One of the biggest criticisms I hear about organic food is that it can’t feed us all.
The world’s population will exceed 9 billion by 2050, the argument goes, and even today we have 1 billion people starving. Organic yields are lower than conventional yields, they say, and so if we hope to increase production we need to do it with conventional farming, particularly with genetically modified foods.
The argument was very typically represented in a recent piece on American Public Media’s Marketplace. Marketplace quoted several players in the food industry arguing that the future calls for more conventional farming. Pedro Sanchez of Columbia University says, “There are just too many of us [for organic farming to feed]; we just need too many nutrients.” Mark Rosegrant, of the International Food Policy Research Institute, adds, “organic production tends to have somewhat lower yields compared to non-organics. It’s not an important part of the overall process to feed 9 billion people.”
And there you have it, the argument in full: We’ll need to feed 2 billion more people in 40 years, and we can’t do it with organic farming if its yields are lower than conventional farming.
But it’s an argument I have a tough time swallowing.
First of all, organic yields are not much lower than conventional yields, and over time, they’ve been shown in multiple studies to actually increase yields. The year you convert a conventional farm to organic you’re going to see lower yields. But over time organic farming adds topsoil, makes the soil richer and creates a more drought- and pest-resistant environment for plants to grow. Yields will depend on many factors, including what you’re planting, where you’re planting it, and how you’re planting it; but it’s not at all clear to me that in the long run organic yields have to be lower than conventional yields.
Second, in the long run, conventional farming is no sustainable, period. It relies on fossil fuels for fertilizers and pesticides, and fossil fuels are finite. We run out of fossil fuels, we run out of fertilizers and pesticides, we run out of food. How is that more sustainable than organic farming?
Third, even if organic yields were lower in the long run than conventional yields, and even if projections are correct that we’ll have 2 billion more mouths to feed, does that mean we have to abandon organic agriculture? There are many ways to relieve a given problem, and the mere existence of a problem doesn’t mean we have to give in on all of our values in order to resolve it. The Soviet Union was a giant problem, but we didn’t have to nuke them to make it go away. The Ku Klux Klan was a major problem, but we didn’t curtail freedom of speech to shut them up. We did intern Japanese Americans during World War II, and we’ve regretted it ever since. Maybe there was a better way?
And maybe there are other ways to feed the world. Let’s take a couple. One, eat a little less meat. It takes ten calories of corn to produce one calorie of beef. If I eat a corn-based dinner instead of a beef-based dinner, I’m feeding nine other people corn, in addition to myself. But our population challenge doesn’t ask me to do that. Adding 2 billion people to a population of 7 billion people is like asking me to feed a quarter of a person in addition to myself. But I’ve just fed nine of them. This means I don’t even have to give up beef; I can just give it up one meal a week. Voila, problem solved, and without giving in to chemical fertilizers and pesticides.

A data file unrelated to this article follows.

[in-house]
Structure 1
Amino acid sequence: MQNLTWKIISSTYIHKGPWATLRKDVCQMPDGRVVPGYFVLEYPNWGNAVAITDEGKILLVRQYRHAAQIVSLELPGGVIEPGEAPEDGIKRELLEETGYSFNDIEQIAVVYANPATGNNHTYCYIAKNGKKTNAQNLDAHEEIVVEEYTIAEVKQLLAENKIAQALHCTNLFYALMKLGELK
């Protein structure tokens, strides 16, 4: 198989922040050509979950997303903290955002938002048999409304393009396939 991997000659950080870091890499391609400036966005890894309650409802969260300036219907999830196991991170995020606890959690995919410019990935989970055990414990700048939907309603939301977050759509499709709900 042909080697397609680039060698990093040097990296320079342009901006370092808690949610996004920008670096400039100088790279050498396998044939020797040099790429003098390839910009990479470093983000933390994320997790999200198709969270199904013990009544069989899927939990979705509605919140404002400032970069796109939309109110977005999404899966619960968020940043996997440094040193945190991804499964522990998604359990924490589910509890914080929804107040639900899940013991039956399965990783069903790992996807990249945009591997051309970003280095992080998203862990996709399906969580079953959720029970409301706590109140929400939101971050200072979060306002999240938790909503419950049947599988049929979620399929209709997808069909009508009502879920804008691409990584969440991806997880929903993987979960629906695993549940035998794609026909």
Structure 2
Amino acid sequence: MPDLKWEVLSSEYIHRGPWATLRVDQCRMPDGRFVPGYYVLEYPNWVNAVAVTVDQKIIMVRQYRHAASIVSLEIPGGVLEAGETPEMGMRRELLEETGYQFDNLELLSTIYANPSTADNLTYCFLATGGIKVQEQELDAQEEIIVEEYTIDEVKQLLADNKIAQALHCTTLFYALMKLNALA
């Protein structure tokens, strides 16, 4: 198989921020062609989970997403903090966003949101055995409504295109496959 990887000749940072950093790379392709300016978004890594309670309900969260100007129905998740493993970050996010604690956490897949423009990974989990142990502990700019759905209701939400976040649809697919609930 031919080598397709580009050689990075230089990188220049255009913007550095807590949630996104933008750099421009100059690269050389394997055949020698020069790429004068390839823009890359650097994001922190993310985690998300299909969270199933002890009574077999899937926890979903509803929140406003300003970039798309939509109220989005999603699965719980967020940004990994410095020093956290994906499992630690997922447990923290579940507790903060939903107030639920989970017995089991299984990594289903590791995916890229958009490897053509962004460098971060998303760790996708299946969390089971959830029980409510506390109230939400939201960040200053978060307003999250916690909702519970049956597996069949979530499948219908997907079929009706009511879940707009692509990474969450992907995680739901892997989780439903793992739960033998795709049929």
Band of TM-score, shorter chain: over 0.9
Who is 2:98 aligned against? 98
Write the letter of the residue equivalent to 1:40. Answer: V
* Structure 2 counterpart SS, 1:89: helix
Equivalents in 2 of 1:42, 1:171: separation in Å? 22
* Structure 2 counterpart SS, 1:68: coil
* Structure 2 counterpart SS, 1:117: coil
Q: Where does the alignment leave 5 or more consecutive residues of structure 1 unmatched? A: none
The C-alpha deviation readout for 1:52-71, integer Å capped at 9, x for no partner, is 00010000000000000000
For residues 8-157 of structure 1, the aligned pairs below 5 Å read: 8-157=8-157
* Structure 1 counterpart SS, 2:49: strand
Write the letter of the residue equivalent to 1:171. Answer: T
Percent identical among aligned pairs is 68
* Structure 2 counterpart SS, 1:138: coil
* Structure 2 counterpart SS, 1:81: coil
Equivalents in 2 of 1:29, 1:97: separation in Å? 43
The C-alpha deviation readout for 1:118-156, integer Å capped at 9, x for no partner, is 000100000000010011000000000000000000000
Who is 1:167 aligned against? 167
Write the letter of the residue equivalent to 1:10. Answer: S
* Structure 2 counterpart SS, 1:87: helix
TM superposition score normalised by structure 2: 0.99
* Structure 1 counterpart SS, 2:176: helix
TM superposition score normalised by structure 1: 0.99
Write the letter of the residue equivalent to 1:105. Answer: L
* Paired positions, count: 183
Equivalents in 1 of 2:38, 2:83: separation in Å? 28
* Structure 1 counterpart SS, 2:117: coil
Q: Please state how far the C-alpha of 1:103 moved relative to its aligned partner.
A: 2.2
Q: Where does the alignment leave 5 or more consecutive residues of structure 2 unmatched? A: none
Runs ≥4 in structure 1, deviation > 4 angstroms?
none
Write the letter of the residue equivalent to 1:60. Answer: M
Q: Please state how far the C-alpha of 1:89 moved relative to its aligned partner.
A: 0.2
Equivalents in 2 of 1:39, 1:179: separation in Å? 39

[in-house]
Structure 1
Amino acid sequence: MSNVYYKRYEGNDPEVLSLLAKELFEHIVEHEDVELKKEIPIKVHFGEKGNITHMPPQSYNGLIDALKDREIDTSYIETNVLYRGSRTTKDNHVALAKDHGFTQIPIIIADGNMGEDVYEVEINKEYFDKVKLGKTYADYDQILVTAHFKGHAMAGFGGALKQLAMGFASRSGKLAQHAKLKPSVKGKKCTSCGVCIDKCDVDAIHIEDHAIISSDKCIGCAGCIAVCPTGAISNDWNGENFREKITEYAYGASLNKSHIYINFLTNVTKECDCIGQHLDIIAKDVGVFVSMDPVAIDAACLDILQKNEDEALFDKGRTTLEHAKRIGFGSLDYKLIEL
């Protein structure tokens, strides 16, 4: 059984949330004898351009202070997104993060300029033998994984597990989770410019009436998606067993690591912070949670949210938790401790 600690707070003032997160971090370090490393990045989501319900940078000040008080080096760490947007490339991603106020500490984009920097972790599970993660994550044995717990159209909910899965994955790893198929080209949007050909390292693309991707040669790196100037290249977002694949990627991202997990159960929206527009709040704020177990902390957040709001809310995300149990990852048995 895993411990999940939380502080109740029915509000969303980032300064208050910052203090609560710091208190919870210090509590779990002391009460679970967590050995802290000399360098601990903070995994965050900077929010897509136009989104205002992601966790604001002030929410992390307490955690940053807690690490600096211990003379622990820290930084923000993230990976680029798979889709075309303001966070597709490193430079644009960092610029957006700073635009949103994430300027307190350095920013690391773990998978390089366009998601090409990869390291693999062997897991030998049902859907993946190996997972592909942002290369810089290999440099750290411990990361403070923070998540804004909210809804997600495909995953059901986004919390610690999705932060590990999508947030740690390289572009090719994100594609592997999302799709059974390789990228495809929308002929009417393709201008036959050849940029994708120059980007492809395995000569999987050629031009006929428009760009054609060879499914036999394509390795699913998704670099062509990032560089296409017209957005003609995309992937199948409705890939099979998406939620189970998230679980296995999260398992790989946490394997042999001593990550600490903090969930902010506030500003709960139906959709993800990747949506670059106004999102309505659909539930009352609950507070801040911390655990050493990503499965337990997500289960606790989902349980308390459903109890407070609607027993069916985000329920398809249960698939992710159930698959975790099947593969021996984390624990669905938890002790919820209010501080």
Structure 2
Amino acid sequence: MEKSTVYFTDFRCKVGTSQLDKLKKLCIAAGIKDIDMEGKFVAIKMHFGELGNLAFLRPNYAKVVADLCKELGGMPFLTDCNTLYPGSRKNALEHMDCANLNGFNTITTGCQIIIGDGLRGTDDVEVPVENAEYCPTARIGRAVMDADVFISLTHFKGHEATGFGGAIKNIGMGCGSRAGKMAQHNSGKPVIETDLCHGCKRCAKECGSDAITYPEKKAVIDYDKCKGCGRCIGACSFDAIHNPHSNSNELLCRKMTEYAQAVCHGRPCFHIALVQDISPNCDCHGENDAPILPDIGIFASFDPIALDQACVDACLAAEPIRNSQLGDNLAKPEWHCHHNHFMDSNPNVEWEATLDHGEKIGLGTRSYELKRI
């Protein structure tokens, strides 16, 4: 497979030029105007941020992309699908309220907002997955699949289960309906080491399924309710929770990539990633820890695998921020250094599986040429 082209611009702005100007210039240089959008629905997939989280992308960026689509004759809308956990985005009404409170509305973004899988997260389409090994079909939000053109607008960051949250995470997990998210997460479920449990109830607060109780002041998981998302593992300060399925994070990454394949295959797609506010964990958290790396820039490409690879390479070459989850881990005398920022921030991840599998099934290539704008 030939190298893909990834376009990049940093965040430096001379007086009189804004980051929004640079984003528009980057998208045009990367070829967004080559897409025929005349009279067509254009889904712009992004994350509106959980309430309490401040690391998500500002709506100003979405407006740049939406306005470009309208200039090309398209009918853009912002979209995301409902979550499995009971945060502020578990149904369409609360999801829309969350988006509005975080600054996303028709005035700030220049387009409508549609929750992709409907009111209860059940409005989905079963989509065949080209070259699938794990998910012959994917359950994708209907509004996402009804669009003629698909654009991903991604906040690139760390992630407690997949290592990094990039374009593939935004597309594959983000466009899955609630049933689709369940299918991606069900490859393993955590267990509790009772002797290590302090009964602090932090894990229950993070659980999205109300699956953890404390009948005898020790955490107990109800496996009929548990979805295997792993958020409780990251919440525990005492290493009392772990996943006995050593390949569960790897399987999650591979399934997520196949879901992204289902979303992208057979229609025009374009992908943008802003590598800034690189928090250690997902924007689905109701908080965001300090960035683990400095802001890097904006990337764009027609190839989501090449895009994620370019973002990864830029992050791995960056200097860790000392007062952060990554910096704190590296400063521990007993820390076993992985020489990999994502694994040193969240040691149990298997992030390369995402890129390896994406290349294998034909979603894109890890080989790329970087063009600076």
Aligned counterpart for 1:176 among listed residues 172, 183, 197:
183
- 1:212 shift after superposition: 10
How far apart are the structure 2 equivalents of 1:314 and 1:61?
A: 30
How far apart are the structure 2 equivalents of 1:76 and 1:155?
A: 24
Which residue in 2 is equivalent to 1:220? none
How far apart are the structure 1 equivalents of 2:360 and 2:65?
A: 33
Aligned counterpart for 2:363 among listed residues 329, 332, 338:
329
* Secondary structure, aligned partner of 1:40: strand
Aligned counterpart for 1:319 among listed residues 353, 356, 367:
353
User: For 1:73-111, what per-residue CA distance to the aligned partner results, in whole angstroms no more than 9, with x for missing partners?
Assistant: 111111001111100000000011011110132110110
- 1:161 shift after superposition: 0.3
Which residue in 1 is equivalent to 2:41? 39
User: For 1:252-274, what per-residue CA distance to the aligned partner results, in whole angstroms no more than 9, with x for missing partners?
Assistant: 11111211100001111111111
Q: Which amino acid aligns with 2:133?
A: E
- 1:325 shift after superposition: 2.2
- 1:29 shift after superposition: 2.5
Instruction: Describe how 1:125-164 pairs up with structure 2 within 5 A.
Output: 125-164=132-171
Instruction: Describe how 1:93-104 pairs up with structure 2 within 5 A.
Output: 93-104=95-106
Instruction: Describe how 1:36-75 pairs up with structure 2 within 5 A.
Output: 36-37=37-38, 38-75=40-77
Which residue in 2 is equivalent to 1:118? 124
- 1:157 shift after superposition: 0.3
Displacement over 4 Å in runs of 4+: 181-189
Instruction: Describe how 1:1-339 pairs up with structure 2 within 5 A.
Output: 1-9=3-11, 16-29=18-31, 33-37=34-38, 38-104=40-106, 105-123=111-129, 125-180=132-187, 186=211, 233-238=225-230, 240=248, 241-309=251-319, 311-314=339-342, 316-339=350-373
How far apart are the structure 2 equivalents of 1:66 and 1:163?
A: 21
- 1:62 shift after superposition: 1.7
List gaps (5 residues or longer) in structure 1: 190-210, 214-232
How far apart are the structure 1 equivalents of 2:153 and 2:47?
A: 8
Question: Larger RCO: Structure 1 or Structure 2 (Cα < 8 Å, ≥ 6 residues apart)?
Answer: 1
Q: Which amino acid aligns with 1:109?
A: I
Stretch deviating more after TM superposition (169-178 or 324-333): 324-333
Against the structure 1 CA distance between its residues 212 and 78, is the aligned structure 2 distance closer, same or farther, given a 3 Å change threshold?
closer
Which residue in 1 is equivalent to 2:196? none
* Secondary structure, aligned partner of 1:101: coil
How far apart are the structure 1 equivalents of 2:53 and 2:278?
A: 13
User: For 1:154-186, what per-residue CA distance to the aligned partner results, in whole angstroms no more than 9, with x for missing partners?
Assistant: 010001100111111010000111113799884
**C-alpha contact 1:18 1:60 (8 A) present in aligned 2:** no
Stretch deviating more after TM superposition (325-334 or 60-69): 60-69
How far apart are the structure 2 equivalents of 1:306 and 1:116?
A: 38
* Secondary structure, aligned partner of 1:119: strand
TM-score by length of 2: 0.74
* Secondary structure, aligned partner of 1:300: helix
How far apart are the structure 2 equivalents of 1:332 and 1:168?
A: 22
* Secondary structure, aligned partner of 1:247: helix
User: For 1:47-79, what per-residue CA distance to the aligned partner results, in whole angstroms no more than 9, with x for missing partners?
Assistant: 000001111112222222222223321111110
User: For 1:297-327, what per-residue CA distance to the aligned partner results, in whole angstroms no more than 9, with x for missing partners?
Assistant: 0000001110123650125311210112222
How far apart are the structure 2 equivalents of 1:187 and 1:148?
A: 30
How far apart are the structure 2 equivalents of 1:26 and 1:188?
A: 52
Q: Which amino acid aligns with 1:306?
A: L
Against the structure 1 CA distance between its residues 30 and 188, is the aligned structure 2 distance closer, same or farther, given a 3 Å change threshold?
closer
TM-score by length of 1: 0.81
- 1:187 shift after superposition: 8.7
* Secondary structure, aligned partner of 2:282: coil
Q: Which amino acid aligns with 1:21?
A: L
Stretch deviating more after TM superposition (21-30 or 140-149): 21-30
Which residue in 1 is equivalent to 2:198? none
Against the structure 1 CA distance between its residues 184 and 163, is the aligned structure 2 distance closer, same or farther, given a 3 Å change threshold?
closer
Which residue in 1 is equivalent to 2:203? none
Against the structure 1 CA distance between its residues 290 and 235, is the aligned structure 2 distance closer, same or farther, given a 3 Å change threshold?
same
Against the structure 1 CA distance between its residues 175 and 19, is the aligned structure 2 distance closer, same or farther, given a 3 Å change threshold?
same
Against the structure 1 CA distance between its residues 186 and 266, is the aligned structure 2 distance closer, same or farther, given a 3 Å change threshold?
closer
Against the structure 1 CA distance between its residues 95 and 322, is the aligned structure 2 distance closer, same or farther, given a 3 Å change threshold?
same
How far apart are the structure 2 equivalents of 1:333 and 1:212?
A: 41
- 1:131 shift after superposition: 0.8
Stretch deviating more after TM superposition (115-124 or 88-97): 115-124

Two, stop mandating the use of ethanol. One third of U.S. corn production goes into our gas tanks. Stop doing that, and you feed a heck of a lot of people. Sure, you’ll need to use more fossil fuel (or find some other source of energy). But you can find more than enough by stopping conventional agriculture and converting to organic. 20% of the fossil fuel we use in the U.S. is burned in producing and distributing our food. 40% of that is used in producing and using fossil fuel based fertilizers. Cut that out and you don’t need the ethanol.
See, two solutions already and we haven’t had to sacrifice organic farming. (In fact, organic farming has helped us to realize one of these solutions.) Now, I’m not saying we have to eat less meat. I’m not saying we have to stop using ethanol. These are just two alternative solutions off the top of my head. But I am saying, I can assure you, we can feed the world with organic food. We may have to make some other changes, but these changes may even be aided (as with ceasing ethanol production) by the very conversion to organic food.
So take the message with a grain of salt when you hear someone question whether organic food can feed the world. It’s unusual that we have to rule something out in order to solve a problem we have 40 years to solve. Particularly when that something tends to ease many of the other problems (pollution, climate change, energy consumption) the world is facing today.
Do you think organic farming can feed the world?